Commission Hears that Reproductive Health Is Essential for Poverty Eradication

  • 08 April 2002

The United Nations Commission on Population and Development concluded its thirty-fifth session in New York on 5 April by adopting, without a vote, a resolution requesting the United Nations Population Fund (UNFPA) to continue its programming on reproductive rights and reproductive health. The resolution also asked the Population Division of the Department of Economic Social Affairs to continue its research on population issues.

The Commission urged the two bodies to continue to work in close collaboration with each other and with all other relevant funds, programmes and agencies of the United Nations system.

In statements before the Commission, Members States reaffirmed their continued confidence and support for the UNFPA and its staff.

The Representatives of Italy, Philippines, Austria, Belgium, Netherlands, Sweden, United Kingdom, Norway, Germany, France and Portugal, in separate statements, deplored the continued and unwarranted allegations against the UNFPA by ideological opponents of the Fund, who accuse it of involvement coercive practices.

Gerry Ash, the Representative of the United Kingdom, said that his country strongly supports the work of the UNFPA and deplored allegations that the organization supports forced abortions.

Brunella Borzi Cornacchia of Italy restated her country's support for the UNFPA and announced that Italy had steadily increased its contributions to the Fund, while Mr. Brunborg of Norway described the work of the UNFPA as valuable.

Members States also welcomed the UNFPA's effort to help countries achieve greater well-being. The representatives of India, Bangladesh, Jamaica, Philippines and South Africa, among others, praised the Fund for providing technical and financial support which makes possible the implementation of programmes, including those aimed at adolescents and youths.

Speakers also stressed the importance of effective implementation of the Programme of Action of the International Conference on Population and Development (ICPD) held in Cairo in 1994. The representative of Spain, Juan Maria Lopez-Aguilar, speaking on behalf of the European Union, said that reproductive and sexual health are crucial to any strategy for the eradication of poverty and for achieving other development goals of the United Nations' 1999 Millennium Declaration.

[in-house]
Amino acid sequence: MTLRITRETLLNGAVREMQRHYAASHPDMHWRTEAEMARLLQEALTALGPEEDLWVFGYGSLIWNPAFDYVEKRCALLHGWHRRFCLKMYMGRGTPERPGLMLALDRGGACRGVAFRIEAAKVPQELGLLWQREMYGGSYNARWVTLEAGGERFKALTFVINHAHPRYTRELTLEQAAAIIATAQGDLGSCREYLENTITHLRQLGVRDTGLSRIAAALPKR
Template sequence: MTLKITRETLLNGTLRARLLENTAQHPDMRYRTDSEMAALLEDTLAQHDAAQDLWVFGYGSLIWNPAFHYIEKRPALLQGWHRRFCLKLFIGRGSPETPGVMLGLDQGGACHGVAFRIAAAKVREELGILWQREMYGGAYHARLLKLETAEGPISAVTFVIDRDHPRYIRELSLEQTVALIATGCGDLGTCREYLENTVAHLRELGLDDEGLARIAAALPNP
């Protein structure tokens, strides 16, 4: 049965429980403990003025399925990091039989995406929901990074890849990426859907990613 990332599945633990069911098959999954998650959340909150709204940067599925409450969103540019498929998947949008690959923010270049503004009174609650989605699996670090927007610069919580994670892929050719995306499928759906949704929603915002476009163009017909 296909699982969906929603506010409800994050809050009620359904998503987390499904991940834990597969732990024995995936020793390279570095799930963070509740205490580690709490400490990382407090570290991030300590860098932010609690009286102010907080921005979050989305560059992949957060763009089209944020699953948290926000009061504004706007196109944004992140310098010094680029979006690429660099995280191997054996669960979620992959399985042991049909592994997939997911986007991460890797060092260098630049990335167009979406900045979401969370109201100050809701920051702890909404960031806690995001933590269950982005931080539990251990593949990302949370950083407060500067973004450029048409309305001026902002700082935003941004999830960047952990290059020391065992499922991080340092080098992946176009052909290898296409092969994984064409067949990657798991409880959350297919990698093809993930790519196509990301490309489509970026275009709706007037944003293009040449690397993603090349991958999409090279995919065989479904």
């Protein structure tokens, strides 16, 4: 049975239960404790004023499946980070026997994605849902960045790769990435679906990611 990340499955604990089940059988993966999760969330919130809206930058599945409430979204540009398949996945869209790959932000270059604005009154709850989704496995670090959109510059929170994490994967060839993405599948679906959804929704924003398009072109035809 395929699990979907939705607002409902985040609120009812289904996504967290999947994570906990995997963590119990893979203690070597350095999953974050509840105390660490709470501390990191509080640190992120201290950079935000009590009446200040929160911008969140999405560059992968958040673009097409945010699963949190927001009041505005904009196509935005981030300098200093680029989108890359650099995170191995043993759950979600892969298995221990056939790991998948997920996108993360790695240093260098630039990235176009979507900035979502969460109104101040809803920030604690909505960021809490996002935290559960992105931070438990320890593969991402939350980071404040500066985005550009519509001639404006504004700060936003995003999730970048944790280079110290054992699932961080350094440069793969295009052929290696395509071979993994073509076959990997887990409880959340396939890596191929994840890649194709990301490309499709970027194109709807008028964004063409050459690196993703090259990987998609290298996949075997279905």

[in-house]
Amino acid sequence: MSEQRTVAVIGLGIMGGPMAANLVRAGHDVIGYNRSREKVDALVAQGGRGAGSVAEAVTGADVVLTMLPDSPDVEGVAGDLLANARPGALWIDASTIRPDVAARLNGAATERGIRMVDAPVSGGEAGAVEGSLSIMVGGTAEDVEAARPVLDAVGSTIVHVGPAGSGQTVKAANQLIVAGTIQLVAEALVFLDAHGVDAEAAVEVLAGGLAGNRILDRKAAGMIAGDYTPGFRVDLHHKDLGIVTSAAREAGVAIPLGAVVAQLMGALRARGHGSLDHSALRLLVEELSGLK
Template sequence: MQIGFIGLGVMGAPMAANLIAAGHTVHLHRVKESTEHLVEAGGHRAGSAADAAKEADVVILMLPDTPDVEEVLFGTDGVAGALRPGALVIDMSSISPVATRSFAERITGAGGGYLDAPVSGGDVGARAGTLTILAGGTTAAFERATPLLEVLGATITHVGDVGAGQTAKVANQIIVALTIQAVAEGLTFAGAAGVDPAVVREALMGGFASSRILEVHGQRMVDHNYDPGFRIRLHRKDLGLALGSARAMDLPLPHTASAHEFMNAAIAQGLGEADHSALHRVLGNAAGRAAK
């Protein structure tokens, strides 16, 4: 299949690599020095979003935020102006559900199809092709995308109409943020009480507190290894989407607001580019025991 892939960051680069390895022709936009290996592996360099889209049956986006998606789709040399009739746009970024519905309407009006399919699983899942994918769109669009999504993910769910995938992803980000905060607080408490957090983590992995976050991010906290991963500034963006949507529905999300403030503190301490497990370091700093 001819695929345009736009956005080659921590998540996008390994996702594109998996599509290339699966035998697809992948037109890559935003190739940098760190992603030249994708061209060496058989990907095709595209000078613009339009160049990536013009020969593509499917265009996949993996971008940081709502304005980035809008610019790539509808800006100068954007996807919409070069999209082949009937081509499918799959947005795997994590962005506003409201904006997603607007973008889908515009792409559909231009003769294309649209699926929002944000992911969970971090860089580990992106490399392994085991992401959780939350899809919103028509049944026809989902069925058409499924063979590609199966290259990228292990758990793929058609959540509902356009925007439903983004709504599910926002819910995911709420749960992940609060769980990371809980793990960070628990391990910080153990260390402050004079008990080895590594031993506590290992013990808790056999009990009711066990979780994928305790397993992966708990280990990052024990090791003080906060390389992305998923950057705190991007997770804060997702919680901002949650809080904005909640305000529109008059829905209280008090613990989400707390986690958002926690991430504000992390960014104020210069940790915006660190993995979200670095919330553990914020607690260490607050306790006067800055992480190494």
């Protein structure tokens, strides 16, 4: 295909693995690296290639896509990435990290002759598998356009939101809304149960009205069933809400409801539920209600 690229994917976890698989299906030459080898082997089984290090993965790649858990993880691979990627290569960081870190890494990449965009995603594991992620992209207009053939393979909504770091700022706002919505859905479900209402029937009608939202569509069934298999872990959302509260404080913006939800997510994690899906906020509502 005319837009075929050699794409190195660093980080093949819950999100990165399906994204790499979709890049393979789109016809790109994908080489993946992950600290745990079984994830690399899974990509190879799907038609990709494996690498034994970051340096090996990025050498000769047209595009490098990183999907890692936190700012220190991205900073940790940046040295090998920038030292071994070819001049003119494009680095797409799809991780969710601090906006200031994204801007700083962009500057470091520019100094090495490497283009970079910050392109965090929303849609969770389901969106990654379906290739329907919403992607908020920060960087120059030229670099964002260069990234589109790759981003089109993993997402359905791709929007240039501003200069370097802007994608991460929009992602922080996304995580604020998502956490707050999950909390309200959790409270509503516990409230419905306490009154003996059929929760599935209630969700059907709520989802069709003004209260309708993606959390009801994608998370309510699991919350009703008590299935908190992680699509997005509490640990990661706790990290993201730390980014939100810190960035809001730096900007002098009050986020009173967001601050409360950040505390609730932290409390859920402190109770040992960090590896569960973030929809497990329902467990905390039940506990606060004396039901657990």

Charlotte Hohn, the representative of Germany, said it has become obvious that the sustainability of all development programmes will depend heavily on how the Cairo Programme of Action continues to be implemented. "Only when men and women are able to exert their right to protection against unwanted pregnancies and HIV/AIDS, will they be in the position to use their own potential and have a role in promoting sustainable development."

Olga Sharapova of the Russian Federation said that the decisions of the ICPD have been a significant impetus for her country to shape its general policy in the reproductive health sphere. Because of measures it has taken to implement the Cairo programme, the Russian Federation has cut the number of abortions by 50 per cent in the past few years.

The United States is committed to providing assistance to achieve the three principal goals adopted in the ICPD Programme of Action, including making reproductive health care accessible to all individuals of appropriate ages through the primary health care system; reducing maternal mortality; and ensuring universal access to primary education, said Sichan Siv, the country's representative.

The 35th session of the Commission on Population and Development had as its theme reproductive rights and reproductive health, with special reference to HIV/AIDS. The Executive Director of the UNFPA, Thoraya Obaid, addressed the session during its opening on 1 April.

Contact Information:

Obi Emekekwue
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